Laemmle Theatres and the Anniversary Classics Series present our first movie of 2023: a 35th anniversary screening of Philip Kaufman’s erotic masterpiece, The Unbearable Lightness of Being, adapted from the acclaimed novel by Czech author Milan Kundera. Kaufman wrote the screenplay with veteran French writer Jean-Claude Carriere (The Discreet Charm of the Bourgeoisie, The Tin Drum, The Return of Martin Guerre), and they earned an Oscar nomination for Best Adapted Screenplay of 1988. The film earned a second Oscar nod for the stunning cinematography by Sven Nykvist. The screening is Wednesday, April 12, at 7 PM at our Royal Theatre in West L.A. Film critic Stephen Farber will attend to moderate a Q&A with co-star Lena Olin, who will join via Zoom.
Set in Czechoslovakia during the Prague Spring of 1968 and the brutal Soviet invasion that followed, the film follows the romantic and political adventures of a lusty surgeon named Tomas. Three-time Oscar winner Daniel Day-Lewis had his first starring role in the picture, after earning attention for his strong supporting performances in A Room With a View and My Beautiful Laundrette two years earlier. One year after Unbearable, Day-Lewis earned his first Oscar for his performance in My Left Foot. The two important women in Tomas’s life are portrayed by Lena Olin as an artist and Juliette Binoche as an aspiring photographer. Eventually Tomas marries Binoche’s Tereza, but she remains troubled by his constant philandering.
Olin had first made her mark in several plays and films directed by Ingmar Bergman, and after Unbearable, she appeared in many important films all over the world. Binoche was a newer face in 1988, but she too went on to become a major international star. A decade later she won an Oscar in another acclaimed adaptation, The English Patient. The international supporting cast of Unbearable includes Derek de Lint, Erland Josephson, Stellan Skarsgård, and Donald Moffat. Award-winning editor Walter Murch cut the film and Saul Zaentz and Paul Zaentz produced.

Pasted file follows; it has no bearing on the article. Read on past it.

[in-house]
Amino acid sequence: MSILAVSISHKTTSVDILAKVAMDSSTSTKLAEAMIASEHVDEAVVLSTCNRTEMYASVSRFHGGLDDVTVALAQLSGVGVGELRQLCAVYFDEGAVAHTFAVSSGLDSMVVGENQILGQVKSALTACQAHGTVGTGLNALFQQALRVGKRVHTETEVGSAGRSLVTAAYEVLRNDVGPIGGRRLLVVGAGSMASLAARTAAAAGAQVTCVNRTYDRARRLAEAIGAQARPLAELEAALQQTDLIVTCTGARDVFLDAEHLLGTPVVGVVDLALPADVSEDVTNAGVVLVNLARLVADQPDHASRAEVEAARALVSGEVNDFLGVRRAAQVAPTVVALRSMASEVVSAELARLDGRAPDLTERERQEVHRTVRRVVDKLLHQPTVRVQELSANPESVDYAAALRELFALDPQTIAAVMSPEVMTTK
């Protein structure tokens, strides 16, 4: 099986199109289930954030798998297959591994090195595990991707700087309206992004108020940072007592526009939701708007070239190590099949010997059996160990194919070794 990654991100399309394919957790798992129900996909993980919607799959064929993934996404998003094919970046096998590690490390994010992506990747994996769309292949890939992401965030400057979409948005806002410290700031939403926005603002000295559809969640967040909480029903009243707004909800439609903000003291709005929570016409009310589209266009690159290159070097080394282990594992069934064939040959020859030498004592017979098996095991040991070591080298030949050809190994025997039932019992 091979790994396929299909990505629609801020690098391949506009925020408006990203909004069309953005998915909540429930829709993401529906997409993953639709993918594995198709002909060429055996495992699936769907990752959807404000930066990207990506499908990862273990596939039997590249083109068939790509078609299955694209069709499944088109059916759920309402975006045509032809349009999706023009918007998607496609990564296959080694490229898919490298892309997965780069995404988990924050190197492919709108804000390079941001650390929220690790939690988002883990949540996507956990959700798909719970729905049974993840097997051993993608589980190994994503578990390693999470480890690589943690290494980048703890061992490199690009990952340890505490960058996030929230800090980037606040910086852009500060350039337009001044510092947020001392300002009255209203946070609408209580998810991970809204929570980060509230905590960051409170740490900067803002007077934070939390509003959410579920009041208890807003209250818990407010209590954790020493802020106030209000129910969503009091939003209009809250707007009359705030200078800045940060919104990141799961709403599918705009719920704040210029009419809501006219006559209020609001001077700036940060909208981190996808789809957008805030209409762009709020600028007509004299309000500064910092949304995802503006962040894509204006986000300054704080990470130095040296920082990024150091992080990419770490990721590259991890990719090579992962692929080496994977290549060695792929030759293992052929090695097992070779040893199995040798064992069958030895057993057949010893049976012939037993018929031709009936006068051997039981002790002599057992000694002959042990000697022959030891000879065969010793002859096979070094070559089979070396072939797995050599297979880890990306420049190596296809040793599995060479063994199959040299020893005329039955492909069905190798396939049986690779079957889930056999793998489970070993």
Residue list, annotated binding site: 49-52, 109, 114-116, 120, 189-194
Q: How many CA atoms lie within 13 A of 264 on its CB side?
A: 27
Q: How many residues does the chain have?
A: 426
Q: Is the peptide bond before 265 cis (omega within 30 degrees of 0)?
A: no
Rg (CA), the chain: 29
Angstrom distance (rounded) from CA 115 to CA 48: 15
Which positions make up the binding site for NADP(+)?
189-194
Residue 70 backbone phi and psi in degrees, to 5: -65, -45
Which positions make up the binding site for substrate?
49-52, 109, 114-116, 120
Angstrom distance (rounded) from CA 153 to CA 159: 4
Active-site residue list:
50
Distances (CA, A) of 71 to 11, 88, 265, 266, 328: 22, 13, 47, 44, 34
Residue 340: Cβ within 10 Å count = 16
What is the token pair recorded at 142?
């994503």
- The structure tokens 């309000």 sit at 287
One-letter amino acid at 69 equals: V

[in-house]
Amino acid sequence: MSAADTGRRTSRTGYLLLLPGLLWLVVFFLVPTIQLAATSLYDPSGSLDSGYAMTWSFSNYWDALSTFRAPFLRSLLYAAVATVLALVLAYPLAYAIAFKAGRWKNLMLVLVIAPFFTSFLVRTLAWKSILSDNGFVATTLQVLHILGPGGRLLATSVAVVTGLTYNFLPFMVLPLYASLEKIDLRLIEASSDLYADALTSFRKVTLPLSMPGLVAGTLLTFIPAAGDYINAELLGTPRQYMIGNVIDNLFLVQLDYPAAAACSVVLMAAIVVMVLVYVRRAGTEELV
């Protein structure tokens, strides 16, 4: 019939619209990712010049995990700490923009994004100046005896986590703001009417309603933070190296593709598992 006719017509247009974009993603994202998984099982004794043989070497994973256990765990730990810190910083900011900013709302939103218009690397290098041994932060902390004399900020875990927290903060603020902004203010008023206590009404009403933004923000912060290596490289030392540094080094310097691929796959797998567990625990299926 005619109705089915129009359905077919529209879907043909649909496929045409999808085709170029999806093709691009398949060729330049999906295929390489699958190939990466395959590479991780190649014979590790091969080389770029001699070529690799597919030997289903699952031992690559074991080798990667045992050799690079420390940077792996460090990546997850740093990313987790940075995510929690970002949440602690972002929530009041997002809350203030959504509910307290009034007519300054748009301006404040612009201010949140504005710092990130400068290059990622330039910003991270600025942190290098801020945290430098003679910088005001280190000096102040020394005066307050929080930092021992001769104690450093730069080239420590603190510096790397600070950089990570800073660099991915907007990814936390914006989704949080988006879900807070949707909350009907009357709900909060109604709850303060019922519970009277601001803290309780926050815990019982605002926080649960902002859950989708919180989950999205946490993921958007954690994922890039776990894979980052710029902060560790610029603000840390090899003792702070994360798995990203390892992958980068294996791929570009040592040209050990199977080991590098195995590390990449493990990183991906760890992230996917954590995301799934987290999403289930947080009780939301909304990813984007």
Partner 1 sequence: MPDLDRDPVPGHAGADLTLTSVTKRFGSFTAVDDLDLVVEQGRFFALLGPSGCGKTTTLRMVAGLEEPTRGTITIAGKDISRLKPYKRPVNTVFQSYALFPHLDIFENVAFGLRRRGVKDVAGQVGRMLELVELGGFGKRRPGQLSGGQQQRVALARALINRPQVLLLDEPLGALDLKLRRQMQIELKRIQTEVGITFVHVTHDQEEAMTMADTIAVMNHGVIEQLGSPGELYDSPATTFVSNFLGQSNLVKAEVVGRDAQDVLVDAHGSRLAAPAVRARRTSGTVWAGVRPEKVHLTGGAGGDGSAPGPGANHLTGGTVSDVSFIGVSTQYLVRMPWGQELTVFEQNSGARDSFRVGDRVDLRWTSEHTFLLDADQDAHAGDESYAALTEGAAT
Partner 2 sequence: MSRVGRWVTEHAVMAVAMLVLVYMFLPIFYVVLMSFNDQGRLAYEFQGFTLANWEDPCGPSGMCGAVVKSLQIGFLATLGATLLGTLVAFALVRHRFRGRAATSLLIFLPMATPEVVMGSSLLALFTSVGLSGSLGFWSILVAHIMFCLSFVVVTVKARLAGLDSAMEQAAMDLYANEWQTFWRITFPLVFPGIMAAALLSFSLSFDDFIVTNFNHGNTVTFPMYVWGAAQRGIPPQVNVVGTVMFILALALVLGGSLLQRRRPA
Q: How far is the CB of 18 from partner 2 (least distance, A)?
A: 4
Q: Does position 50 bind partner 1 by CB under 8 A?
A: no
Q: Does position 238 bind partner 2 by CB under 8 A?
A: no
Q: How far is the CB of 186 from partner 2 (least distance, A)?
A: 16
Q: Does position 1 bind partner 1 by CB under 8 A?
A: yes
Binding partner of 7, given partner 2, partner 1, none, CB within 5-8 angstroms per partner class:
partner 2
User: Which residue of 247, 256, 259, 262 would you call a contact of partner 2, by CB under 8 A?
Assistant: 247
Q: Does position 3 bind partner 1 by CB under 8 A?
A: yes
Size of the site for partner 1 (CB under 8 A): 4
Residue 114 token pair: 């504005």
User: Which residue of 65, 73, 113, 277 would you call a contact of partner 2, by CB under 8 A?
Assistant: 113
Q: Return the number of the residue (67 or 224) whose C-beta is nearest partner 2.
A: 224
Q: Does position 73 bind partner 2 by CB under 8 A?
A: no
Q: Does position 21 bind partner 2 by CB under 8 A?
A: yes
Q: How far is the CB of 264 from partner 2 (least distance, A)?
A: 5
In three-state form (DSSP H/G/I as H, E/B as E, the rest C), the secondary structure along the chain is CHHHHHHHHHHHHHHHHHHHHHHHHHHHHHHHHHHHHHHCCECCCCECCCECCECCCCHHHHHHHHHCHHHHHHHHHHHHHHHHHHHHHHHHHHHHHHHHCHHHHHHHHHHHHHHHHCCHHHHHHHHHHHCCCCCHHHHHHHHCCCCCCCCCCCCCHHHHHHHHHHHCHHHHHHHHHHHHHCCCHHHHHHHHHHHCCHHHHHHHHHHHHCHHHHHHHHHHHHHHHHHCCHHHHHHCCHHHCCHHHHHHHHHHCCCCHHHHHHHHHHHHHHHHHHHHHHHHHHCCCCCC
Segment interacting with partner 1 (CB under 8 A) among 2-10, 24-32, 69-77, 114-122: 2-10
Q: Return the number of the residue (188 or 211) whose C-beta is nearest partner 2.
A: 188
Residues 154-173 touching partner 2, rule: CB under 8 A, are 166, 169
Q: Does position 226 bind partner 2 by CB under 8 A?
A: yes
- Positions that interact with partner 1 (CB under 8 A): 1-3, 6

The story begins as an erotic comedy but takes a darker turn during the Russian invasion. Kaufman took a unique approach in dramatizing this traumatic event, blending newsreel footage of the invasion with staged scenes that were actually filmed in Paris (since Czechoslovakia remained under Soviet rule when filming commenced in 1986). When Tomas refuses to denounce his own anti-Russian writing from before the invasion, he loses his job, and he and Tereza must struggle to survive.
Critical response to the film was overwhelmingly positive. Variety called Unbearable “a richly satisfying adaptation.” The Washington Post’s Rita Kempley agreed that Kaufman’s film was an “eloquent adaptation of Milan Kundera’s erotic novel” and added that the film “stirs the heart, the hormones and the head.” Writing in the Chicago Sun-Times, Roger Ebert declared, “What is remarkable… is not the sexual content itself, but the way Kaufman has been able to use it as an avenue for a complex story, one of nostalgia, loss, idealism and romance.”
Lena Olin will participate in a Q&A before the screening on April 12. To recall some of Olin’s many other credits, she earned an Oscar nomination for her performance in Paul Mazursky’s Enemies: A Love Story and also co-starred in such films as Romeo is Bleeding, Havana, Night Falls on Manhattan, the Oscar-winning The Reader, and Chocolat and Casanova, both directed by her husband, Lasse Hallstrom. During our conversation Olin will also discuss her newest film with Hallstrom, the biographical drama Hilma, opening at the Royal and Town Center on April 14.